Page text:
I don’t know about you, but when someone has a baby, one of the first things I ask is the name. Parents typically take great care in choosing the name, and there’s something beautiful, powerful, and telling in what they’ve selected. Did they choose a family name? A name that reflects their cultural heritage? A name with a particular meaning? Over time, the child herself will give meaning to the name for the people who know her.
But what if you’re naming (or renaming) an organization, not a baby?
Last month we addressed deciding whether to change your organization’s name. Today we’ll explore different approaches to choosing a name.
First, it’s important to recognize that choosing an organization’s name isn’t just about what you, your board, or your grandma likes. Your organization’s name is for your audience and needs to align with the personality or tone you want for your brand.
As you consider a switch, ask questions about your name and your organization’s personality in surveys, interviews and focus group sessions. You might even discover that your current name isn’t quite the problem that you thought it was!
When we take our clients through our AMIE brand focus process, one question we’ve found incredibly useful is this: If you were to describe this organization with an adjective, what would it be?
Knowing your audience and your brand personality is key for narrowing down your (many, many) possible naming pathways. Here are a few of the routes you might consider, depending on your particular organization’s circumstances.
Literal – Sometimes direct is best. Many names describe a service or a location. Examples include the Southern New Jersey Perinatal Cooperative, the Nature Conservancy and the American Cancer Society.
Personal – Using your own name if you’re the founder or the name of someone associated with the organization’s mission offers a viable possibility. This path can be a strong contender if your audience’s connection to the organization—at least initially—is through the person whose name you’re incorporating, their story or their reputation. The Betty Ford Center, The Pew Charitable Trusts and Alex’s Lemonade Stand are all great examples of this approach.
However, you may be renaming because the name selected has become problematic like Lance Armstrong’s troubles reflecting on the Livestrong organization. Organizations like the Gates Foundation and the Clinton Foundation reap benefits from name association. This is powerful as long as the meanings behind those names remain aligned with your values.
Inspirational – Using words that evoke strong emotions and inspire action often align with a nonprofit’s personality and the values of its audience. Examples of inspirational names include Higher Ground International, United Way, and Teach for America.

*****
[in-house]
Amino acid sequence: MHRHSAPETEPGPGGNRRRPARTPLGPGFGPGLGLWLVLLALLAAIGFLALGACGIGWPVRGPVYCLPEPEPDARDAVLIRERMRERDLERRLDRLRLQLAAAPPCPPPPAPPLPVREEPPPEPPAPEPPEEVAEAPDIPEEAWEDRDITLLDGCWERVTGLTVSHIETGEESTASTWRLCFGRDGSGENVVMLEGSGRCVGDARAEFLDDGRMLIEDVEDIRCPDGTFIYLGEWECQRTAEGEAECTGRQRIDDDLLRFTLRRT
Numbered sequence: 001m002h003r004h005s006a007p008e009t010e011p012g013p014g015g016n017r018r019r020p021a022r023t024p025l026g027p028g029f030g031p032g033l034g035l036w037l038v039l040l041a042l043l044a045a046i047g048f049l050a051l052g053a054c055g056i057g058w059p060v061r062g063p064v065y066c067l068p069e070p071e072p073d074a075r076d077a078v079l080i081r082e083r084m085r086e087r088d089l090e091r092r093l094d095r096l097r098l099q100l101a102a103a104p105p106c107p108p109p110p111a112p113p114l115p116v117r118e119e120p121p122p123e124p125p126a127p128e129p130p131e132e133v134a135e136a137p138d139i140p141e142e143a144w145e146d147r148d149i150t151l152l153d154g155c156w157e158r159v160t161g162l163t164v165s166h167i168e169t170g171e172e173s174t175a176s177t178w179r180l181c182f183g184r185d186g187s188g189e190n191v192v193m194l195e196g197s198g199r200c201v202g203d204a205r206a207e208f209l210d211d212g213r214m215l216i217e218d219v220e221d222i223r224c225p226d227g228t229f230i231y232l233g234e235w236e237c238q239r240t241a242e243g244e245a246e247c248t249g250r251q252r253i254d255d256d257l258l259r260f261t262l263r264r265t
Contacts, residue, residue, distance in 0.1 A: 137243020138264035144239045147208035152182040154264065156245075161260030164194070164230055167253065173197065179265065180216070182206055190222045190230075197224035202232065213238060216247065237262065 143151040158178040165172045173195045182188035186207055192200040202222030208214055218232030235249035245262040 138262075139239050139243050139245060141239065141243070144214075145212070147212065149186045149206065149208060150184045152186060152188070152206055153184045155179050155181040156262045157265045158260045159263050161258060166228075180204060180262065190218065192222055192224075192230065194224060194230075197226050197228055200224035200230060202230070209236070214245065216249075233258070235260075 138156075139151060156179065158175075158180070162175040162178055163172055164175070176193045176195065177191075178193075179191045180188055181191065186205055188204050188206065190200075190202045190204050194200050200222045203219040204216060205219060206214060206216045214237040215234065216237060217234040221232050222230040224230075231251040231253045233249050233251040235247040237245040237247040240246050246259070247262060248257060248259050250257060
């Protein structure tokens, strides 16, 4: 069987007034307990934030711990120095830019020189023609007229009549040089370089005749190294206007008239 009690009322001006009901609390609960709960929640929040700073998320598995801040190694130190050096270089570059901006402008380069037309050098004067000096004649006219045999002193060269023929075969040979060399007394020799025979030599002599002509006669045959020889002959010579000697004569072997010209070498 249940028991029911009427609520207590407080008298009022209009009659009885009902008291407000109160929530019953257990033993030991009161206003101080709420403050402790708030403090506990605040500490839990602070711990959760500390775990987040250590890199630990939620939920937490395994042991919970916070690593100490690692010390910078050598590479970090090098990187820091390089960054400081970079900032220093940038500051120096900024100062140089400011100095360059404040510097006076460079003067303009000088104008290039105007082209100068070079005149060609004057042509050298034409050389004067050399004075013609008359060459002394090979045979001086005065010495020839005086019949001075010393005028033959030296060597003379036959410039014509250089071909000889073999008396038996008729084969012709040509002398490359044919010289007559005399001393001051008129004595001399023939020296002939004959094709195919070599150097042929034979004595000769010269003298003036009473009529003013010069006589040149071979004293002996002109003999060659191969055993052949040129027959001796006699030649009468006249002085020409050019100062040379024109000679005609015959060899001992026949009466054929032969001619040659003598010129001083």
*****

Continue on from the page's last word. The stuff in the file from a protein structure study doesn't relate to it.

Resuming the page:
Foreign Language – Using a foreign word or phrase can be a powerful approach for organizations serving specific ethnic groups. For example, Esperanza (which means hope in Spanish) serves Hispanic communities in Philadelphia. This strategy can also work for organizations simply looking to say something meaningful with their name in a novel way. One example of this is the water utility service Aqua (which is Latin for water).
Blended Word – This approach involves combining two words to create a new one that’s uniquely you while borrowing from the meaning of the originals. Examples of this approach include Accenture (accent on the future) and Verizon (vertical horizon).
Acronym – Acronyms used as names need to be clever, memorable and easy to say, especially because you will rarely use the acronym’s original words. But if you land on the right one, it can be a homerun. A great example is CARE USA, which was named the Cooperative for American Remittances to Europe precisely to spell C-A-R-E. The organization began by sending food rations—the first CARE Packages®—to Europe at the end of World War II.
While your audience and your brand personality should stand front and center, there are still practical things you’ll need to consider, like whether you’re able to get a url that you like with the appropriate extension for your organization, such as .org for a nonprofit or .edu for an educational institution. You’ll also want to have your lawyer do a trademark search on your top contender to make sure it’s available.
And while you’re at it, don’t forget to enjoy the ride. Just like a parent, you’re helping to create something new!
Looking for a new name as part of your brand focus? We’d love to talk! Give us a call at 267-468-7949 or drop us a line at email@example.com.